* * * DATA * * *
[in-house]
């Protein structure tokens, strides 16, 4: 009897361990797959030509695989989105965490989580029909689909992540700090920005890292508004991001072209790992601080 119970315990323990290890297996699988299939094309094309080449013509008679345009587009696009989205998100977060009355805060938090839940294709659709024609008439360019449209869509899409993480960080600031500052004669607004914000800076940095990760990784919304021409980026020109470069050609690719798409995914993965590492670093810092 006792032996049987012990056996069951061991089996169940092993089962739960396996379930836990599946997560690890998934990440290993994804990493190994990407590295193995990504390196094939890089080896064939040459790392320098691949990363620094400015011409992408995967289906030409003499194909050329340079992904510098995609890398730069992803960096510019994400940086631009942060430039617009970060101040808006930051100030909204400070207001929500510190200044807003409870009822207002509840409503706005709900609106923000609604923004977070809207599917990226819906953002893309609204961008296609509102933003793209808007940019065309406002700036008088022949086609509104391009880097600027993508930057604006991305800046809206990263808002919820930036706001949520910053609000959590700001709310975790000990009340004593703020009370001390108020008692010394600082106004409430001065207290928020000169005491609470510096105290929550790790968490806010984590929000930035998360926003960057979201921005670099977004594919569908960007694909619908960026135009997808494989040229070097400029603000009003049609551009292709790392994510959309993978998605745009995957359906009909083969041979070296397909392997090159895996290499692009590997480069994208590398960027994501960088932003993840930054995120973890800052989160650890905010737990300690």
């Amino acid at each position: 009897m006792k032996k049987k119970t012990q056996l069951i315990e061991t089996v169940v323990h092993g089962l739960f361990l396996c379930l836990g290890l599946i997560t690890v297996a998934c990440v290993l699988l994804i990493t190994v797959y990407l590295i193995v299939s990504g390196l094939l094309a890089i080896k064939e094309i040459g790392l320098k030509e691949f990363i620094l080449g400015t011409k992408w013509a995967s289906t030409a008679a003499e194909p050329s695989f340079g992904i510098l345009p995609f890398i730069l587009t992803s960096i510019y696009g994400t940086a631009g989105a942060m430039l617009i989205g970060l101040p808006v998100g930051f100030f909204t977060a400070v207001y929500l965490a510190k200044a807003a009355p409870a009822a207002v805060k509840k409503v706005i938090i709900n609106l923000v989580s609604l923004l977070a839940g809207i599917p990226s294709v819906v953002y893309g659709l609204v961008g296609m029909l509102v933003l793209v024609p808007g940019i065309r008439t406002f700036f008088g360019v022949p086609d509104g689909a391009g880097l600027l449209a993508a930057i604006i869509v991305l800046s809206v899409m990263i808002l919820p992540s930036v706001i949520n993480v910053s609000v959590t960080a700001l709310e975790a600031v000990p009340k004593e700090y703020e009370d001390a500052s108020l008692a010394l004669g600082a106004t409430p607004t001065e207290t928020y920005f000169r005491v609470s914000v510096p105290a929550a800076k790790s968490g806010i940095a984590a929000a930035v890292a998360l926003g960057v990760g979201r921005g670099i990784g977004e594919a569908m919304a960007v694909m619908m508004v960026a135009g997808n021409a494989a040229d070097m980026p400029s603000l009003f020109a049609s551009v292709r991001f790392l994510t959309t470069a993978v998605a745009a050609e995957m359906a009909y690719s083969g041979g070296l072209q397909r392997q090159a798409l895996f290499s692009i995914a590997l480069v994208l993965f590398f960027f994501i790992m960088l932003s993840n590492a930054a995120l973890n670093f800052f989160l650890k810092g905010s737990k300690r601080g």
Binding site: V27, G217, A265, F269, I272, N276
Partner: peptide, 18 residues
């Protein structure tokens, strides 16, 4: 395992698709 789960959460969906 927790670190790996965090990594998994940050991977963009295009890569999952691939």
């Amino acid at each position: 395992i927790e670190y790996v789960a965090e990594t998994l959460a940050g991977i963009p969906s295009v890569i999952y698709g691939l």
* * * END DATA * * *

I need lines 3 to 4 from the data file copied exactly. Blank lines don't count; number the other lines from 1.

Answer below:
């Amino acid at each position: 009897m006792k032996k049987k119970t012990q056996l069951i315990e061991t089996v169940v323990h092993g089962l739960f361990l396996c379930l836990g290890l599946i997560t690890v297996a998934c990440v290993l699988l994804i990493t190994v797959y990407l590295i193995v299939s990504g390196l094939l094309a890089i080896k064939e094309i040459g790392l320098k030509e691949f990363i620094l080449g400015t011409k992408w013509a995967s289906t030409a008679a003499e194909p050329s695989f340079g992904i510098l345009p995609f890398i730069l587009t992803s960096i510019y696009g994400t940086a631009g989105a942060m430039l617009i989205g970060l101040p808006v998100g930051f100030f909204t977060a400070v207001y929500l965490a510190k200044a807003a009355p409870a009822a207002v805060k509840k409503v706005i938090i709900n609106l923000v989580s609604l923004l977070a839940g809207i599917p990226s294709v819906v953002y893309g659709l609204v961008g296609m029909l509102v933003l793209v024609p808007g940019i065309r008439t406002f700036f008088g360019v022949p086609d509104g689909a391009g880097l600027l449209a993508a930057i604006i869509v991305l800046s809206v899409m990263i808002l919820p992540s930036v706001i949520n993480v910053s609000v959590t960080a700001l709310e975790a600031v000990p009340k004593e700090y703020e009370d001390a500052s108020l008692a010394l004669g600082a106004t409430p607004t001065e207290t928020y920005f000169r005491v609470s914000v510096p105290a929550a800076k790790s968490g806010i940095a984590a929000a930035v890292a998360l926003g960057v990760g979201r921005g670099i990784g977004e594919a569908m919304a960007v694909m619908m508004v960026a135009g997808n021409a494989a040229d070097m980026p400029s603000l009003f020109a049609s551009v292709r991001f790392l994510t959309t470069a993978v998605a745009a050609e995957m359906a009909y690719s083969g041979g070296l072209q397909r392997q090159a798409l895996f290499s692009i995914a590997l480069v994208l993965f590398f960027f994501i790992m960088l932003s993840n590492a930054a995120l973890n670093f800052f989160l650890k810092g905010s737990k300690r601080g």
Binding site: V27, G217, A265, F269, I272, N276